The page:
By JOSHUA CLIFTON, a Chicago-based writer who covers workers' comp and disability issues
As we usher in the new year, workers' compensation and disability management professionals are preparing to navigate a changing regulatory landscape in 2010.
The final Americans with Disabilities Act Amendments Act (ADAAA) regulations, which are expected in July by the Equal Employment Opportunity Commission (EEOC); the implementation of the Genetic Information Nondiscrimination Act (GINA); and a slew of workplace health and safety regulations will keep employers busy in the coming year.
In its latest regulatory agenda, the EEOC said it is in the process of reviewing more than 600 public comments in response to the ADAAA, which went into effect on Jan. 1, 2009. William Schurgin, a labor and employment law specialist, said it is difficult to predict what the EEOC will do regarding the final regulations.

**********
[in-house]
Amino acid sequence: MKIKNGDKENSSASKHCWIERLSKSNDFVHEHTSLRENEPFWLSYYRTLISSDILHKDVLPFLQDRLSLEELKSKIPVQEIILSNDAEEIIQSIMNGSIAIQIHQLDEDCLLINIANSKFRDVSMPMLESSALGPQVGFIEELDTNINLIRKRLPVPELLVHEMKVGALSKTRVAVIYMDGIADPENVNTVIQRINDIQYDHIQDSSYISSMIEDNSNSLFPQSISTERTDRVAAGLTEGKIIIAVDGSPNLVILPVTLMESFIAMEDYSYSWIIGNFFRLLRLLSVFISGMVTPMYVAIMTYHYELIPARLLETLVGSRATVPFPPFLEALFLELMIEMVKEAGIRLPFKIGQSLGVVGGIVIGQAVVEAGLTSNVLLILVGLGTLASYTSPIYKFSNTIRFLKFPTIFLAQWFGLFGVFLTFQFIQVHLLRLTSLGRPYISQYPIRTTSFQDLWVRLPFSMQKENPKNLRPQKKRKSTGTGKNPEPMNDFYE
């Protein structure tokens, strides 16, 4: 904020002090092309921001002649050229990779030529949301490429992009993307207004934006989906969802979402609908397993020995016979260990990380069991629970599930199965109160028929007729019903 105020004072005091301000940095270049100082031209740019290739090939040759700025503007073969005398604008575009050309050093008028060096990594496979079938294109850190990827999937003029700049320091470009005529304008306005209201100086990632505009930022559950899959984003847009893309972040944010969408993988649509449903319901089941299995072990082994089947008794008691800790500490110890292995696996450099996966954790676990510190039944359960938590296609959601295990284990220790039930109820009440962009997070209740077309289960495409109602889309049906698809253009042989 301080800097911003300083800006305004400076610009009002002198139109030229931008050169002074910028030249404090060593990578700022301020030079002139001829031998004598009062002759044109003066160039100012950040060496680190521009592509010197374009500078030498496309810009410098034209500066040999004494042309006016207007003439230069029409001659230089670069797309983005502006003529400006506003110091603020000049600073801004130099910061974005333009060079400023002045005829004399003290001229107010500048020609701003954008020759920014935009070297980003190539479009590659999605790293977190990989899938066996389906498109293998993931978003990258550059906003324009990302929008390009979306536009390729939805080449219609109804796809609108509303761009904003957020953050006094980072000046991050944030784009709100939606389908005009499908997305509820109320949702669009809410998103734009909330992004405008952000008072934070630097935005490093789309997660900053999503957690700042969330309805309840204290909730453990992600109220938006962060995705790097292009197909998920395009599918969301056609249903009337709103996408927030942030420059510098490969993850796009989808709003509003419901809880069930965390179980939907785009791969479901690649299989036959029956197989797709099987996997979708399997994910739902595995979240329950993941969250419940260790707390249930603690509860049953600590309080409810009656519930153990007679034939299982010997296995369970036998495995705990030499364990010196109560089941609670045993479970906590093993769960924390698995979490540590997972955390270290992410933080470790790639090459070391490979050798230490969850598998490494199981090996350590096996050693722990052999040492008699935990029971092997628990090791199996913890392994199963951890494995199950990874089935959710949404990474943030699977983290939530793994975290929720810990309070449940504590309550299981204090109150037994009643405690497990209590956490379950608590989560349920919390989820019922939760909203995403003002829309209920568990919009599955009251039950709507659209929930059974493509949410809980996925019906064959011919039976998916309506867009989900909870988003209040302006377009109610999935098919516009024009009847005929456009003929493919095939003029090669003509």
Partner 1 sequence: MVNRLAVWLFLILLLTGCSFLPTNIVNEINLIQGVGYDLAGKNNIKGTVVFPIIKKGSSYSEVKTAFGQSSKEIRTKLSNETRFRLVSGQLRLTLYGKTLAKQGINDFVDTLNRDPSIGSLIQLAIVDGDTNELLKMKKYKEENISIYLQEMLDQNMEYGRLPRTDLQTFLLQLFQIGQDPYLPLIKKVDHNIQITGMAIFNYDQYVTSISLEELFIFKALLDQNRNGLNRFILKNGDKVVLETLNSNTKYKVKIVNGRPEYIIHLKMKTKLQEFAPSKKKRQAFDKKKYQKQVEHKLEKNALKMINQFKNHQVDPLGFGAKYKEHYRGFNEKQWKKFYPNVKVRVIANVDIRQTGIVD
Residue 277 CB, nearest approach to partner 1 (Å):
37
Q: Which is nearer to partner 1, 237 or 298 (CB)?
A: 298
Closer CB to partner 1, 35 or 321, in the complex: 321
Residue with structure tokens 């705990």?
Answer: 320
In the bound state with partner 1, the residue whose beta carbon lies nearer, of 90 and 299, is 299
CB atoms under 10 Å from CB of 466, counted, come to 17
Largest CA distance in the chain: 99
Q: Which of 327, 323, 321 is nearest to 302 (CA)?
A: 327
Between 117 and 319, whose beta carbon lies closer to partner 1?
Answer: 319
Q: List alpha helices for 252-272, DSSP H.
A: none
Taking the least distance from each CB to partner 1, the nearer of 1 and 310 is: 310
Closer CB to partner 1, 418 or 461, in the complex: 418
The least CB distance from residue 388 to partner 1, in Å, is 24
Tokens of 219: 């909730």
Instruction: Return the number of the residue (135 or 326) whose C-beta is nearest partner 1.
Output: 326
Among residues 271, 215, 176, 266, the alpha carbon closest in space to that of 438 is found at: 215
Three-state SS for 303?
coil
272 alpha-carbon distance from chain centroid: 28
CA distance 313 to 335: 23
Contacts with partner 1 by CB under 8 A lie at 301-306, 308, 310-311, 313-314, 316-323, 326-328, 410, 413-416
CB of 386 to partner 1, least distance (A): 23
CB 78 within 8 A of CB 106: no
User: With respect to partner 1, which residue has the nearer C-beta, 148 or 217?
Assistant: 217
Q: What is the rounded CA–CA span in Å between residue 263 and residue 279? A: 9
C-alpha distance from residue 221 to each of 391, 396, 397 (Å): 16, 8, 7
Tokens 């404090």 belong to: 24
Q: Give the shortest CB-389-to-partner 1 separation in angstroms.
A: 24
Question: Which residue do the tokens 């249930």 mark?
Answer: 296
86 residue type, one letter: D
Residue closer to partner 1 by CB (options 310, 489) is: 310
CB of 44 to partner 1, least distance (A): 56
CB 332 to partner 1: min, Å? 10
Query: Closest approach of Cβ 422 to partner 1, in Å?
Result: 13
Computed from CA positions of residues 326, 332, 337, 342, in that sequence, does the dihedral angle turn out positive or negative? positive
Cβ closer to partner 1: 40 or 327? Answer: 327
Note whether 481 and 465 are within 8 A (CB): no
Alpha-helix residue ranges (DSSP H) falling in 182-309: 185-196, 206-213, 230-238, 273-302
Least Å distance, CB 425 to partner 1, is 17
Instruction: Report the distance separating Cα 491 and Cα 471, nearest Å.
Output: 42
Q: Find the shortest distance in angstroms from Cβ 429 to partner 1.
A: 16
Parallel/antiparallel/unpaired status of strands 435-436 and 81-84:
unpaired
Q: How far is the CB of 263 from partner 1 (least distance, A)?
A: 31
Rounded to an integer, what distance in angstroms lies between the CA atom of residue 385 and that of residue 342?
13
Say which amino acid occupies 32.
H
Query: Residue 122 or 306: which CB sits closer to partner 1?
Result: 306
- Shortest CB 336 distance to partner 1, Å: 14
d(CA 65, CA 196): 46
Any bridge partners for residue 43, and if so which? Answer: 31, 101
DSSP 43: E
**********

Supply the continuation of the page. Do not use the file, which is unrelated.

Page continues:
"It is the opinion of many groups, including the Society for Human Resource Management, that there are a number of areas where the proposed regulations go beyond the legislative intent in passing the ADAAA by expanding the definition of disability further than Congress intended," said Schurgin, partner at Seyfarth Shaw LLP.
Schurgin also said that some of the regulations do not accurately reflect the language of the statute, which revised the definition of disability. The revisions, which are expected to increase the number of reasonable accommodation requests, will mean more work for employers. Most notably, he said, the regulations remove any reference to the factors of condition, duration and manner in assessing whether an impairment "substantially limits" a major life activity.
In addition, said Schurgin, many employers have taken issue with the proposed regulations' definition of mitigating measures. For example, he pointed out that the proposed regulation needlessly complicates the consideration of "ordinary eyeglasses or contact lenses" when evaluating whether or not an individual's visual impairment constitutes a disability.